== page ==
Damian Dovarganes / Associated Press
Tuesday, Feb. 18, 2014 | 12:35 p.m.
Desert Breeze Park
If backers of a proposed urban farm can find enough funding, Clark County commissioners said today they’d work to make sure the project found a home.
Commissioners responded enthusiastically to a presentation today during their meeting from James Garza, head of the nonprofit agency that wants to start growing fresh fruits and vegetables in one of the valley’s urban neighborhoods.
A portion of the food grown at the hydroponic farm would be sold to finance operations of the Eastern Nevada Food Bank, which is developing the project, but the rest would be given to the Clark Count School District, food banks and other nonprofits agencies. The farm also would provide educational opportunities for students to work in a greenhouse setting, said Garza, chairman of the Eastern Nevada Food Bank.
Beyond the growing facilities — windowless, one-story painted metal sheds — Garza also wants to build a public market for small businesses and a hybrid community center and office space to house the farm’s administrative staff.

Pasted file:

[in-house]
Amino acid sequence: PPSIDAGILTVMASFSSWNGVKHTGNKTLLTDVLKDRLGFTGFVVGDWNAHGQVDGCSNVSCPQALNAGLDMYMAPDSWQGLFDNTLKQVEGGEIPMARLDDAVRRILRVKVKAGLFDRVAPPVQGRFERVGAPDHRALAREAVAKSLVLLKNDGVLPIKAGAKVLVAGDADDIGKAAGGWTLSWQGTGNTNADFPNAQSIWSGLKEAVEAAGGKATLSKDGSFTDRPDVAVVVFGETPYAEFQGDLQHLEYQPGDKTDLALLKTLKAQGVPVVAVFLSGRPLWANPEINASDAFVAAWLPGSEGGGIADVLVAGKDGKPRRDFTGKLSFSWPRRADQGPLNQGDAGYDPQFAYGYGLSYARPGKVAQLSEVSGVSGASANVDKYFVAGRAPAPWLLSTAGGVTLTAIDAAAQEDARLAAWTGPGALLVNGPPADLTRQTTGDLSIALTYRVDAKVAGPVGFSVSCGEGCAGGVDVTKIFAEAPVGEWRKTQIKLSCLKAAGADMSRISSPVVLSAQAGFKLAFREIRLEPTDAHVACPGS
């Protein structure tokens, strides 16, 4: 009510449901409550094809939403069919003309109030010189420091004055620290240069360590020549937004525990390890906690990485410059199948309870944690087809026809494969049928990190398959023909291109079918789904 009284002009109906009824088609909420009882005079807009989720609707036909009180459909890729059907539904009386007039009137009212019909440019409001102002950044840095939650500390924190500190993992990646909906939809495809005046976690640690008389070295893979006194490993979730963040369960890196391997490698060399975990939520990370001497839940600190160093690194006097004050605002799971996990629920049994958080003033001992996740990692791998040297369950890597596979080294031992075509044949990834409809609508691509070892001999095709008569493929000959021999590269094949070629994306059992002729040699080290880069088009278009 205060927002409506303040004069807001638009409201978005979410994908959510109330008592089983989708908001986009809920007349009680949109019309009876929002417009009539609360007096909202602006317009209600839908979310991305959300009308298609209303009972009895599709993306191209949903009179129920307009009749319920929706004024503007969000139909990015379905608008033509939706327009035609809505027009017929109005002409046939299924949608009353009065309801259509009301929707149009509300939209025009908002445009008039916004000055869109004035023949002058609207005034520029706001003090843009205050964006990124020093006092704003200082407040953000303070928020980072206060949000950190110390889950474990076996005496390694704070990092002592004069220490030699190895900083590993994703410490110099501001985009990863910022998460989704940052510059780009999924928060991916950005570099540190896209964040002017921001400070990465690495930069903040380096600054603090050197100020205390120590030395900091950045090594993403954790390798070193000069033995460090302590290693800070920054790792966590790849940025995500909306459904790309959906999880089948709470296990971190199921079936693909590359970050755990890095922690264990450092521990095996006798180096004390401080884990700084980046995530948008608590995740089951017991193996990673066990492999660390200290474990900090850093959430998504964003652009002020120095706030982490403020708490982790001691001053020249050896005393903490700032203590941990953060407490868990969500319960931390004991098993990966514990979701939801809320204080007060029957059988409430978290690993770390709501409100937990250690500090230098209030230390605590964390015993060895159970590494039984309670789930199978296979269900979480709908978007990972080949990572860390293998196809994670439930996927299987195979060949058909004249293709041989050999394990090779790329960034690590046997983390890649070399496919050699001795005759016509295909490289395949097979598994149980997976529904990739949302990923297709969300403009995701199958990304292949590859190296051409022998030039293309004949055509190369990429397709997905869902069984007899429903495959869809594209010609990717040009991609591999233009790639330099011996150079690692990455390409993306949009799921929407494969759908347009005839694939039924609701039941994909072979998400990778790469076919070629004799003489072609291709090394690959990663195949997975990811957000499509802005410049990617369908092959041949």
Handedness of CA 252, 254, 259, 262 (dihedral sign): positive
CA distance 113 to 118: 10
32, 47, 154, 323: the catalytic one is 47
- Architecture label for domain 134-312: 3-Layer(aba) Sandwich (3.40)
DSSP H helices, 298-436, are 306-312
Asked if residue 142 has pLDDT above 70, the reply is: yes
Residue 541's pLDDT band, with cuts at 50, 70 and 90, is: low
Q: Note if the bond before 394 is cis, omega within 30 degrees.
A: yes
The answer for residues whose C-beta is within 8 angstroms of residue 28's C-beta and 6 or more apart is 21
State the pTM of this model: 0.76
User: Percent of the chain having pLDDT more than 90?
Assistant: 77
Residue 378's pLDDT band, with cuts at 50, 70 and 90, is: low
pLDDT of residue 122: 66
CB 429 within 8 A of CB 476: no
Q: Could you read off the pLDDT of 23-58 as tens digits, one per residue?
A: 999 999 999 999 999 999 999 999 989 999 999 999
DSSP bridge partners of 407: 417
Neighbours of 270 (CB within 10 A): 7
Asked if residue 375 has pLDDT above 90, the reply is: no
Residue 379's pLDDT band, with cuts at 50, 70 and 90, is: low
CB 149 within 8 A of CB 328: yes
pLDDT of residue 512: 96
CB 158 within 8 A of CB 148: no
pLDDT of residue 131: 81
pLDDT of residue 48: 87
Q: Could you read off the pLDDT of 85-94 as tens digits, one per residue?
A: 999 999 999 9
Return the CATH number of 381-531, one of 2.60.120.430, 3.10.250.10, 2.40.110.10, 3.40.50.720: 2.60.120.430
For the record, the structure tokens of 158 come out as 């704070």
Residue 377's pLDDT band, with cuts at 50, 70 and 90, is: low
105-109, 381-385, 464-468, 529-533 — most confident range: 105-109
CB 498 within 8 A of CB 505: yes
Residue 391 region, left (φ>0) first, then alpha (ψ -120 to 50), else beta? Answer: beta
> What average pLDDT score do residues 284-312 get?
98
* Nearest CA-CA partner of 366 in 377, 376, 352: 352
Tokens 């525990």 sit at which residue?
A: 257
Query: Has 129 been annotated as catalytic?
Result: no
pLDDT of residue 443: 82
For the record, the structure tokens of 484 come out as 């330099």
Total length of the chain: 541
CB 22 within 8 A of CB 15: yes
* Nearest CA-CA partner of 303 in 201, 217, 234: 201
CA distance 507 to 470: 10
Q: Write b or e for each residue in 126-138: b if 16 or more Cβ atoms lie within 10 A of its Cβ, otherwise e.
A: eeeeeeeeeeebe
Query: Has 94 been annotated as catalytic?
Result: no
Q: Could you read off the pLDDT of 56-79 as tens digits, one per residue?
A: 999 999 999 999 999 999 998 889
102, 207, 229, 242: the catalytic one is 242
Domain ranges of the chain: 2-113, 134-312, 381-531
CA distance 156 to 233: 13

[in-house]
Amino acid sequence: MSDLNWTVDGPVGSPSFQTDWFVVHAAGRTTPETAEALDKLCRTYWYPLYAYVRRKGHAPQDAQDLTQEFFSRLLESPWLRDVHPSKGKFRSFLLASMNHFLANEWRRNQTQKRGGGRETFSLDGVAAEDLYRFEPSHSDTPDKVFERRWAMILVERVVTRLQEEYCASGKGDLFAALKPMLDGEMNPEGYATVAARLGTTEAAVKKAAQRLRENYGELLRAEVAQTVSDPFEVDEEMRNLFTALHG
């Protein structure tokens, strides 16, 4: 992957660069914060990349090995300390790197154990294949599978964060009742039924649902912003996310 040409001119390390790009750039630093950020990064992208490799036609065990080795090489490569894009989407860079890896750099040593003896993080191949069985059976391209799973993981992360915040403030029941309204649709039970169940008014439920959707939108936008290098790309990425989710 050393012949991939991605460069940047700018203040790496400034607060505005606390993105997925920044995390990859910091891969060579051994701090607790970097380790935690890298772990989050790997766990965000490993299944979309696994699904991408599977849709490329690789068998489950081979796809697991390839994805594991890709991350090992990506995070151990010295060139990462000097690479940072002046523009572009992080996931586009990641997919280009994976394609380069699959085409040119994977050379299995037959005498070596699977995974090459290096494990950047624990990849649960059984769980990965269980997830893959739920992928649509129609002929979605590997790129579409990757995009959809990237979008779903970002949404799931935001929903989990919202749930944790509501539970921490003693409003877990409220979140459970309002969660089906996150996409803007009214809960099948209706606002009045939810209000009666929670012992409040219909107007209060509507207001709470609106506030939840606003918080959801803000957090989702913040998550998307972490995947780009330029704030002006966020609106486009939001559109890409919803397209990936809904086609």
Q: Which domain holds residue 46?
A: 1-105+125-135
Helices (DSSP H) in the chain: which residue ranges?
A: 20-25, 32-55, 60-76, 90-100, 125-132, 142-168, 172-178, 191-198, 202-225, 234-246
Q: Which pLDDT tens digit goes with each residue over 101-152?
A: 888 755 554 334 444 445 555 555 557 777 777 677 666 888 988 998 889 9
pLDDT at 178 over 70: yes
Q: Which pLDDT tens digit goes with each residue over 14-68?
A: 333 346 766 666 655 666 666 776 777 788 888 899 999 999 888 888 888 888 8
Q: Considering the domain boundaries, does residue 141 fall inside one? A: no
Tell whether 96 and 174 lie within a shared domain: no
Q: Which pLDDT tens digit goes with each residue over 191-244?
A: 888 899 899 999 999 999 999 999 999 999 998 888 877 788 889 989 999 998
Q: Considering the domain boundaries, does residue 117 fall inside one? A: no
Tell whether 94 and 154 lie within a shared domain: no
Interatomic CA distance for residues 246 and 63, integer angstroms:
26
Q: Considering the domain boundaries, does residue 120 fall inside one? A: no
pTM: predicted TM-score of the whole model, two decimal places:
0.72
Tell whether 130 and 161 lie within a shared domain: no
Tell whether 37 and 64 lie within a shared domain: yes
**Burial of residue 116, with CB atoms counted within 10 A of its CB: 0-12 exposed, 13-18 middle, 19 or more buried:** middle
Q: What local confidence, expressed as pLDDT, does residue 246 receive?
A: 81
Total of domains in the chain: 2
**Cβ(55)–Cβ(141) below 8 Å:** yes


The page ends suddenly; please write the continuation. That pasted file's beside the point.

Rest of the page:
The initial proposal calls for the project to be built on up to 50 acres of undeveloped land at the southern end of Desert Breeze Park, near Flamingo and Cimarron roads.
That location could present a challenge though, due to legal encumbrances limiting what the county can do with the land. It also is unclear whether the county could lease or sell the space for less than market value.
Despite the obstacle, commissioners widely expressed support for the idea and seemed confident that a suitable location could be found if the project secures the estimated $1 million in startup funding it needs.
Garza hopes to secure that money in the form of federal grants and is applying for access to a $1.3 billion pool of funding from 10 federal agencies. Commissioners agreed to draft a letter of support for the project and will vote on its approval at their March 4 meeting.
“There’s other places. If we accept (urban farming) in the county, then any of us would have no problems working on where another backup plan could be, Commissioner Chris Giunchigliani said.